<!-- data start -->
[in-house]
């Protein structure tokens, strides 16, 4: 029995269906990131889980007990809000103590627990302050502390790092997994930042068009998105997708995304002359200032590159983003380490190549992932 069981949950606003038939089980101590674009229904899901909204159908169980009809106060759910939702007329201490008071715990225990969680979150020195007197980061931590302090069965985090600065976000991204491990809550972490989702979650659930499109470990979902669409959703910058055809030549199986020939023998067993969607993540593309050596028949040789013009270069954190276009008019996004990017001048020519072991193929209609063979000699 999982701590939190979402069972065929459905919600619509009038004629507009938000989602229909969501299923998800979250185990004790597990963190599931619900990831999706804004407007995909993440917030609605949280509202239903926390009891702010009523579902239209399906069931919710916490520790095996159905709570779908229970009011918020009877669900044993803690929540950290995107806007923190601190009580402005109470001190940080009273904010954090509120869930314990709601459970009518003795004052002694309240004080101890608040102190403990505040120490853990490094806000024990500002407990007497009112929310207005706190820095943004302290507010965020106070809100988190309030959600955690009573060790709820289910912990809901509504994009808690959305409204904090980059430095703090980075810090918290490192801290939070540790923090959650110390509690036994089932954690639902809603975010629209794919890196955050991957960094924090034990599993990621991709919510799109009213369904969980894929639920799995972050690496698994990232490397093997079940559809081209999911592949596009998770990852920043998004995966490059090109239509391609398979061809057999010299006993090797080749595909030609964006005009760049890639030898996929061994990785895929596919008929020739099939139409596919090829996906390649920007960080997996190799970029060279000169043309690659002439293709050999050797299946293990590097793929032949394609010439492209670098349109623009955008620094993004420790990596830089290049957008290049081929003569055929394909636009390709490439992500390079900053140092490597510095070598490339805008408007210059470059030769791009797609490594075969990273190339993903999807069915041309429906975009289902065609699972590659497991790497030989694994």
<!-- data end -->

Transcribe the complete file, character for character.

[in-house]
């Protein structure tokens, strides 16, 4: 029995269906990131889980007990809000103590627990302050502390790092997994930042068009998105997708995304002359200032590159983003380490190549992932 069981949950606003038939089980101590674009229904899901909204159908169980009809106060759910939702007329201490008071715990225990969680979150020195007197980061931590302090069965985090600065976000991204491990809550972490989702979650659930499109470990979902669409959703910058055809030549199986020939023998067993969607993540593309050596028949040789013009270069954190276009008019996004990017001048020519072991193929209609063979000699 999982701590939190979402069972065929459905919600619509009038004629507009938000989602229909969501299923998800979250185990004790597990963190599931619900990831999706804004407007995909993440917030609605949280509202239903926390009891702010009523579902239209399906069931919710916490520790095996159905709570779908229970009011918020009877669900044993803690929540950290995107806007923190601190009580402005109470001190940080009273904010954090509120869930314990709601459970009518003795004052002694309240004080101890608040102190403990505040120490853990490094806000024990500002407990007497009112929310207005706190820095943004302290507010965020106070809100988190309030959600955690009573060790709820289910912990809901509504994009808690959305409204904090980059430095703090980075810090918290490192801290939070540790923090959650110390509690036994089932954690639902809603975010629209794919890196955050991957960094924090034990599993990621991709919510799109009213369904969980894929639920799995972050690496698994990232490397093997079940559809081209999911592949596009998770990852920043998004995966490059090109239509391609398979061809057999010299006993090797080749595909030609964006005009760049890639030898996929061994990785895929596919008929020739099939139409596919090829996906390649920007960080997996190799970029060279000169043309690659002439293709050999050797299946293990590097793929032949394609010439492209670098349109623009955008620094993004420790990596830089290049957008290049081929003569055929394909636009390709490439992500390079900053140092490597510095070598490339805008408007210059470059030769791009797609490594075969990273190339993903999807069915041309429906975009289902065609699972590659497991790497030989694994």